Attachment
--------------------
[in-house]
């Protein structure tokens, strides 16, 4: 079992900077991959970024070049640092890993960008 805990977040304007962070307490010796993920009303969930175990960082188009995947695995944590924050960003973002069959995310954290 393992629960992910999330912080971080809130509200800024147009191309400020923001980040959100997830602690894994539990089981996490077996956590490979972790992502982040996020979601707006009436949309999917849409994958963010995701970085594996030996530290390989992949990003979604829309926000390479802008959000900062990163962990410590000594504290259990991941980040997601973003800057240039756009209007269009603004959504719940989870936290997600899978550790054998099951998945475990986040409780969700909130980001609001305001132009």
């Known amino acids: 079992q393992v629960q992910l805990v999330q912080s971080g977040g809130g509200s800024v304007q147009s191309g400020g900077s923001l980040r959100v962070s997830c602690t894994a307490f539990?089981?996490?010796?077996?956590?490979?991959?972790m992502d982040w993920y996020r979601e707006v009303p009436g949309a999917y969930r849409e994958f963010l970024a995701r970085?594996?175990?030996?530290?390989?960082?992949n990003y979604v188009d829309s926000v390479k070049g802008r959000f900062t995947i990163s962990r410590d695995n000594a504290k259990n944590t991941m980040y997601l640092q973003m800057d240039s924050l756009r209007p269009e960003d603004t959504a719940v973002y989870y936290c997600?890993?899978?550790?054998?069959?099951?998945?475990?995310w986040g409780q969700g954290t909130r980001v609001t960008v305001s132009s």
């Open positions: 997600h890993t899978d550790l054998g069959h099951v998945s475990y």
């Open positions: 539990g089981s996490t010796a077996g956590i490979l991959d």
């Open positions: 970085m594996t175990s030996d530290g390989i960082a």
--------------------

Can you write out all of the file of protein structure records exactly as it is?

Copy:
[in-house]
């Protein structure tokens, strides 16, 4: 079992900077991959970024070049640092890993960008 805990977040304007962070307490010796993920009303969930175990960082188009995947695995944590924050960003973002069959995310954290 393992629960992910999330912080971080809130509200800024147009191309400020923001980040959100997830602690894994539990089981996490077996956590490979972790992502982040996020979601707006009436949309999917849409994958963010995701970085594996030996530290390989992949990003979604829309926000390479802008959000900062990163962990410590000594504290259990991941980040997601973003800057240039756009209007269009603004959504719940989870936290997600899978550790054998099951998945475990986040409780969700909130980001609001305001132009």
């Known amino acids: 079992q393992v629960q992910l805990v999330q912080s971080g977040g809130g509200s800024v304007q147009s191309g400020g900077s923001l980040r959100v962070s997830c602690t894994a307490f539990?089981?996490?010796?077996?956590?490979?991959?972790m992502d982040w993920y996020r979601e707006v009303p009436g949309a999917y969930r849409e994958f963010l970024a995701r970085?594996?175990?030996?530290?390989?960082?992949n990003y979604v188009d829309s926000v390479k070049g802008r959000f900062t995947i990163s962990r410590d695995n000594a504290k259990n944590t991941m980040y997601l640092q973003m800057d240039s924050l756009r209007p269009e960003d603004t959504a719940v973002y989870y936290c997600?890993?899978?550790?054998?069959?099951?998945?475990?995310w986040g409780q969700g954290t909130r980001v609001t960008v305001s132009s």
């Open positions: 997600h890993t899978d550790l054998g069959h099951v998945s475990y």
């Open positions: 539990g089981s996490t010796a077996g956590i490979l991959d």
């Open positions: 970085m594996t175990s030996d530290g390989i960082a």